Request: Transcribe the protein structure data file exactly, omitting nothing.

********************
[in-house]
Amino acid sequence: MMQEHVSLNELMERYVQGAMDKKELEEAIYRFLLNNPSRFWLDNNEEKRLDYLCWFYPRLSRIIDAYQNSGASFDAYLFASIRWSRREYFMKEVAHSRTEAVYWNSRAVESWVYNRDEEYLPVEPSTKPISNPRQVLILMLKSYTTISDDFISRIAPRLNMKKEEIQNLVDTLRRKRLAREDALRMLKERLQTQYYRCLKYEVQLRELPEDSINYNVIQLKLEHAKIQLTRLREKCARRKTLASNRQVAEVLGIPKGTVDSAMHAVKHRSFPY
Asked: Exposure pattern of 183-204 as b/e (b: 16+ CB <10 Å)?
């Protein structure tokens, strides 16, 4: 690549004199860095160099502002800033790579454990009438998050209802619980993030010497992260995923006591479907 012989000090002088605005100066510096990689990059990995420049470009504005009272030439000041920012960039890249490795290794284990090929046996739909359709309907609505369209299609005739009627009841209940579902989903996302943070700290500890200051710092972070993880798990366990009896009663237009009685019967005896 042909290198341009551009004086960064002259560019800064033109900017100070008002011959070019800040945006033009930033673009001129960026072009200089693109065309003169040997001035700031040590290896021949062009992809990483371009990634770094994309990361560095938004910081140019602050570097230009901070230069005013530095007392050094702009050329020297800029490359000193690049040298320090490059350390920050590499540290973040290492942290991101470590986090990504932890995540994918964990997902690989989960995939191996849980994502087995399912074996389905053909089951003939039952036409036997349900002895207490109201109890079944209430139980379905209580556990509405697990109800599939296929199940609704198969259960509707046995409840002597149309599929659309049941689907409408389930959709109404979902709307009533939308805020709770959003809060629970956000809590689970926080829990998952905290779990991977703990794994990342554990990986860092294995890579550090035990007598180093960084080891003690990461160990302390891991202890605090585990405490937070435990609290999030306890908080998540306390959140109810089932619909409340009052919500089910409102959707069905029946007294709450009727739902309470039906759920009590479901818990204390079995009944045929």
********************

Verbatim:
[in-house]
Amino acid sequence: MMQEHVSLNELMERYVQGAMDKKELEEAIYRFLLNNPSRFWLDNNEEKRLDYLCWFYPRLSRIIDAYQNSGASFDAYLFASIRWSRREYFMKEVAHSRTEAVYWNSRAVESWVYNRDEEYLPVEPSTKPISNPRQVLILMLKSYTTISDDFISRIAPRLNMKKEEIQNLVDTLRRKRLAREDALRMLKERLQTQYYRCLKYEVQLRELPEDSINYNVIQLKLEHAKIQLTRLREKCARRKTLASNRQVAEVLGIPKGTVDSAMHAVKHRSFPY
Asked: Exposure pattern of 183-204 as b/e (b: 16+ CB <10 Å)?
């Protein structure tokens, strides 16, 4: 690549004199860095160099502002800033790579454990009438998050209802619980993030010497992260995923006591479907 012989000090002088605005100066510096990689990059990995420049470009504005009272030439000041920012960039890249490795290794284990090929046996739909359709309907609505369209299609005739009627009841209940579902989903996302943070700290500890200051710092972070993880798990366990009896009663237009009685019967005896 042909290198341009551009004086960064002259560019800064033109900017100070008002011959070019800040945006033009930033673009001129960026072009200089693109065309003169040997001035700031040590290896021949062009992809990483371009990634770094994309990361560095938004910081140019602050570097230009901070230069005013530095007392050094702009050329020297800029490359000193690049040298320090490059350390920050590499540290973040290492942290991101470590986090990504932890995540994918964990997902690989989960995939191996849980994502087995399912074996389905053909089951003939039952036409036997349900002895207490109201109890079944209430139980379905209580556990509405697990109800599939296929199940609704198969259960509707046995409840002597149309599929659309049941689907409408389930959709109404979902709307009533939308805020709770959003809060629970956000809590689970926080829990998952905290779990991977703990794994990342554990990986860092294995890579550090035990007598180093960084080891003690990461160990302390891991202890605090585990405490937070435990609290999030306890908080998540306390959140109810089932619909409340009052919500089910409102959707069905029946007294709450009727739902309470039906759920009590479901818990204390079995009944045929």